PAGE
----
16. katina | | #35

            Mine come in a grey plastic bag.  Perhaps I've been lucky, but only once did I receive a damaged copy ( this was several years ago in US) and Taunton replaced it immediately.

  2. suesew | | #7

    I would like to suggest using a shiskabob stick instead of a pair of scissors to poke the fabric into the elastic. Wooden shiskabob sticks are about a penny apiece at the grocery store and work wonderfully well for those kind of pokey jobs we have to do once in a while. They won't break your needle or damage your scissors or seam ripper or awl or whatever you are using instead.

    1. elainegood | | #8

      That's a good idea, suesew!I was uncomfortable with the photo because I was imagining the scissors poking a hole in the trim somewhere. lolI found an ebay seller that may sell something similar to this trim. I do wonder exactly how wide this trim (the one shown in the photos above) is....Elaine

  3. DONNAKAYE | | #23

    I use swimwear lycra/spandex to bind most of my knits, even fleece coats and wraps.  It's available in an infinite variety of colors.

    1. elainegood | | #24

      When you use nylon lycra strips do you finish the edges by folding them under? Or do you leave them 'raw'? Or do you fold the strips in half like a quilt binding and stitch to the raw edge, fold over that edge and then topstitch?

      1. DONNAKAYE | | #25

        Cut the lycra four times the finished width of the binding, plus the seam allowances times two.  For example, a 1" binding should be 4" plus two times 5/8" seam allowance, for a total of 5 1/4".  (A little more width may be necessary to accommodate the turn of cloth for bulkier fashion fabrics; otherwise, there may not be sufficient binding to cover the line of stitching in the final step.)

        Fold the lycra in half lengthwise, wrong sides together, and press a crease.  You can baste the raw edges together at 1/2" (or inside the seam allowance, whatever that is), if you prefer. I don't find that I need to do that extra step.  (Audrey tended to discourage basting for a number of reasons: 1) it can tend to be a "crutch" in lieu of skillful dexterity with the hands; 2) it's time-consuming; 3) it just plain isn't always necessary if you're good at handling and manipulating the fabric at the machine.)

        Stitch the doubled raw edges to the fashion fabric, keying and matching cut edges, right side of binding to wrong side of fashion fabric.  Fold the binding up and over the cut edge to the right side.  Top stitch binding at the line of stitching.  Voila!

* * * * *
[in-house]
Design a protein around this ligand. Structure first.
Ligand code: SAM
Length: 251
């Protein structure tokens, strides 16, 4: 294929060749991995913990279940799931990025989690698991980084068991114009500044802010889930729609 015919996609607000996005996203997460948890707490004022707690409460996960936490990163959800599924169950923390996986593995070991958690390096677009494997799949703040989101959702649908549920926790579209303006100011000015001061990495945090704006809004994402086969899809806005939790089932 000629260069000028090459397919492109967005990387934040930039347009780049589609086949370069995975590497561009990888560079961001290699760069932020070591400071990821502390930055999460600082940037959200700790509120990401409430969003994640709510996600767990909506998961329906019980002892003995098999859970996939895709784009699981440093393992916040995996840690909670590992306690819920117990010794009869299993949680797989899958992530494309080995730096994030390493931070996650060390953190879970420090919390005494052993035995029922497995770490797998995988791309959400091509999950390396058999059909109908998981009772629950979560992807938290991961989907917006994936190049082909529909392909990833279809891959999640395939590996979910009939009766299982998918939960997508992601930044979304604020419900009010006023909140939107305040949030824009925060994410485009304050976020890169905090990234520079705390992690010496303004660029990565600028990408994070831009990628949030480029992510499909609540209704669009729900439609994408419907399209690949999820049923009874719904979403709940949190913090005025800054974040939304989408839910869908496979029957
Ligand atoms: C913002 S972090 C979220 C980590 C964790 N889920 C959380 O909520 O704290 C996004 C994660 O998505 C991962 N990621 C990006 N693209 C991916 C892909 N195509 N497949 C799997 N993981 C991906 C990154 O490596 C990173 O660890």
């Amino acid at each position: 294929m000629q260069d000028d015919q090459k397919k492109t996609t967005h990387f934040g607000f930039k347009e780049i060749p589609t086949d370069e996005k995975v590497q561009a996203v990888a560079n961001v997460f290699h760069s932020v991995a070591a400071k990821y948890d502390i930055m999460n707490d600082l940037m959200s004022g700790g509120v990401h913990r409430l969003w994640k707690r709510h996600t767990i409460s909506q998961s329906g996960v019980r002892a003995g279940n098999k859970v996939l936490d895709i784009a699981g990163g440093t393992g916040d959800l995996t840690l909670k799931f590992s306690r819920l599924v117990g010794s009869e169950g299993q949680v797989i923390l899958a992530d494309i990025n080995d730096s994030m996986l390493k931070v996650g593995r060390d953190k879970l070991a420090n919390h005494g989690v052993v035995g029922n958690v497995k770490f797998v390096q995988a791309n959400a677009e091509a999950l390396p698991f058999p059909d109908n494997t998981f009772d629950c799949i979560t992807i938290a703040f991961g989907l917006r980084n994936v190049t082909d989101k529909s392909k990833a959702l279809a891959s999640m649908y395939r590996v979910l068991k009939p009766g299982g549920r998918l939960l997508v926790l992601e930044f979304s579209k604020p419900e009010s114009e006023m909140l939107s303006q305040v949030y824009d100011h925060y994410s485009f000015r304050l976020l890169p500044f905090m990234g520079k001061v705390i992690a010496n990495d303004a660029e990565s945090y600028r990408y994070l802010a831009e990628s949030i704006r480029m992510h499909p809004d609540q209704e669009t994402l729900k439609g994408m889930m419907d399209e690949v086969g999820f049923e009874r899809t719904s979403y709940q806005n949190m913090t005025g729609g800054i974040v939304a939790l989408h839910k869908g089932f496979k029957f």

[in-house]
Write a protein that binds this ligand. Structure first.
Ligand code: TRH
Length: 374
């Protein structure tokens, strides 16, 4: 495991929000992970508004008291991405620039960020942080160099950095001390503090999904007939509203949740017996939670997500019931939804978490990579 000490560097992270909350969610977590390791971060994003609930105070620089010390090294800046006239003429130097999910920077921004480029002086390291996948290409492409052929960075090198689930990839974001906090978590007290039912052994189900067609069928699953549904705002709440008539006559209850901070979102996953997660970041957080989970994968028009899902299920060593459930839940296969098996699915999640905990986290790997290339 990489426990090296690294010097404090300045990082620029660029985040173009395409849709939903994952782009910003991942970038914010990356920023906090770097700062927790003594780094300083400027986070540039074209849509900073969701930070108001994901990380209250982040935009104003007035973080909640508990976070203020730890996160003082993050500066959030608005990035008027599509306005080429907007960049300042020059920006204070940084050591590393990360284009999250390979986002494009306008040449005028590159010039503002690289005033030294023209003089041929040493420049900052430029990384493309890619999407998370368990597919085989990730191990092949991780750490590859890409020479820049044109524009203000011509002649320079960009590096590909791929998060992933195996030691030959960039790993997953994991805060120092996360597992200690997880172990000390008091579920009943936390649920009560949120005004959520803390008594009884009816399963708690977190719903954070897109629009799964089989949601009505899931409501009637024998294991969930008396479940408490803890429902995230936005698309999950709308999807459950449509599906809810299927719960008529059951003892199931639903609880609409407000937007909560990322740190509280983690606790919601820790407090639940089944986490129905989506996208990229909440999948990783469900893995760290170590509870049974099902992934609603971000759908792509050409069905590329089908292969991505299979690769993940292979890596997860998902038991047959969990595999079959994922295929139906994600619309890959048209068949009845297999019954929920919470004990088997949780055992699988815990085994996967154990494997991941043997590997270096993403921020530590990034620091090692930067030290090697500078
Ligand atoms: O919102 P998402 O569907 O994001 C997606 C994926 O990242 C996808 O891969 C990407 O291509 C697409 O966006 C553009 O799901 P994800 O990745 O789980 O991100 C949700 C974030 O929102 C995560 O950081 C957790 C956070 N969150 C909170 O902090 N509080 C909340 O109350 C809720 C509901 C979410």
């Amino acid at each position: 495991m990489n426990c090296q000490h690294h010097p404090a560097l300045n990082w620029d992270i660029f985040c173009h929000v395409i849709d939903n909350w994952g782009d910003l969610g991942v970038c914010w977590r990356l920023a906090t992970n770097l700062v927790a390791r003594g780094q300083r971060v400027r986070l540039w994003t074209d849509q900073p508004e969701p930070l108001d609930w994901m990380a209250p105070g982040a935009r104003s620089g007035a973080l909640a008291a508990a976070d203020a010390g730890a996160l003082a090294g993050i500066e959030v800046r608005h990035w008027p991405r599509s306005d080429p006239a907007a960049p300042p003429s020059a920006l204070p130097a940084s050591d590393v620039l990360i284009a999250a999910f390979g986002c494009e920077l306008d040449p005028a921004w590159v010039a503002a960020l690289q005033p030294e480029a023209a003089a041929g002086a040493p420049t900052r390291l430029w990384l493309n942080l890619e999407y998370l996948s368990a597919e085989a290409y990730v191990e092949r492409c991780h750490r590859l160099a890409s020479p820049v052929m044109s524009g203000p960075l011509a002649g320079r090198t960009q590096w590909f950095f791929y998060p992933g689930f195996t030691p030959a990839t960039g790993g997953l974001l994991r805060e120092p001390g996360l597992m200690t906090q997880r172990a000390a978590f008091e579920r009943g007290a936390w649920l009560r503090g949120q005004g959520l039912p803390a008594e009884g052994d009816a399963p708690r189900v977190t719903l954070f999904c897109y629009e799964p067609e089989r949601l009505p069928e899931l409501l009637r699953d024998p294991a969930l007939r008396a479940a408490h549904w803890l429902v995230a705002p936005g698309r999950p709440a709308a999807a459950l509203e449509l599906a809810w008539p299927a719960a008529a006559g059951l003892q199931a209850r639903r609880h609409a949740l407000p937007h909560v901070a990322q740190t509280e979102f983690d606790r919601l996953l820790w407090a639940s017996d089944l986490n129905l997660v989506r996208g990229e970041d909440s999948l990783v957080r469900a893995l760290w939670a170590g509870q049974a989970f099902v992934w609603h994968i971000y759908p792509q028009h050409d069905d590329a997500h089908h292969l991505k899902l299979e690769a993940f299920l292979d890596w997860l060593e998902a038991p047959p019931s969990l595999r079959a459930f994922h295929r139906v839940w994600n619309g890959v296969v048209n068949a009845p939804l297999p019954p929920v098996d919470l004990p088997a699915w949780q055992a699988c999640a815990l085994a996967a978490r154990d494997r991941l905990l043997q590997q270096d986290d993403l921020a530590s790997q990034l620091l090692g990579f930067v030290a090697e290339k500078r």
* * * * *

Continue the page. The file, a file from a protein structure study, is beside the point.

1. elainegood | | #26

          "Audrey tended to discourage basting..."And who would Audrey be? I think I missed something.Thanks for the detailed explanation. That clarified my question well.
          But doesn't that make a pretty heavy-weight binding compared to fold-over-elastic (FOE)?

          1. DONNAKAYE | | #27

            Excellent point.  You can certainly do a single-fold binding.  I have done that as well, simply turning in a folded edge at the outside and topstitching that into place....

            Sorry.  You may want to follow the post on "Audrey Childress."  She was my mom.  She passed away in '96.  She was a Certified Bishop Method Master Teacher Trainer for over 30 years, with some 30,000 students to her credit.  I am committed to carrying on her teaching tradition in clothing construction....

            The only reason I use lycra in lieu of elasticized foldover is because of color limitations.  If I can get the foldover in the color I want, no problem, but the colors are very limited.  I have often bound edges of a solid jacket with a print lycra for a fabulous look.....

            Edited 6/15/2005 9:11 am ET by DONNAKAYE

          2. elainegood | | #28

            Bishop MethodAhhah! I learned the finer points of sewing as a child/teen via a Bishop Method book in the late 50s and 60s. I can still see those photos, etc. in my mind (and I still have a copy of the book.) Did your mother live in Michigan? I recently read something (don't remember where) about how very active the Bishop Method groups are in that area of the USA.If you can buy nylon foldover elastic in white it can be fairly easily dyed with Acid Dyes. It does take some experimentation and record keeping to get colors you want because most of the color charts are based on dyeing silk rather than nylon.In general my question was about applying FOE to T-shirt weight knits rather than polarfleece, so yes, I'm really interested in a lightweight finish. I have found polarfleece very easy to finish in a multitude of ways.Thanks for your help!

          3. DONNAKAYE | | #29

            Can you provide any more information about the Bishop Method groups in Michigan?  I have not been able to find any since my mother's death....Thanks...

          4. elainegood | | #30

            Hmmm. It might take me a while, but I'll keep your question in mind.Maybe someone else here will chime in and let us know.I probably heard the info on one of the Quiltropolis forums, but I'm not sure.

          5. mem1 | | #31

            I have used lycra or panne stretch velvet as a binding but I dont use it doubled over as it gets too heavy. I dont trim the seam once I sew the binding on as it forms the innards of the bound edge .Ijust fold it over and tack it through the bound edge particularly it its a very long piece and then on the right side ,use a very small zig zag to sew in the ditch.Its easiest to do this with an open toe embroidery foot. I then use  ducks bill sissors to trim very close to the stitching.The zig zag disappears in the ditch and also stops any runs in the knit. I have bound a wollen jacket and the necks of T shirts etc like this and it works very well.The knit works beautifully going around curves .

          6. jewelea | | #32

            I think you just answered a question I posted in Fabrics and Trims, looking for the sort of stretch satin binding found on ready-to-wear t-shirts like J. Jill.  I've done some dyeing with Procion dyes, so I'm game to tackle trying to dye the elastic.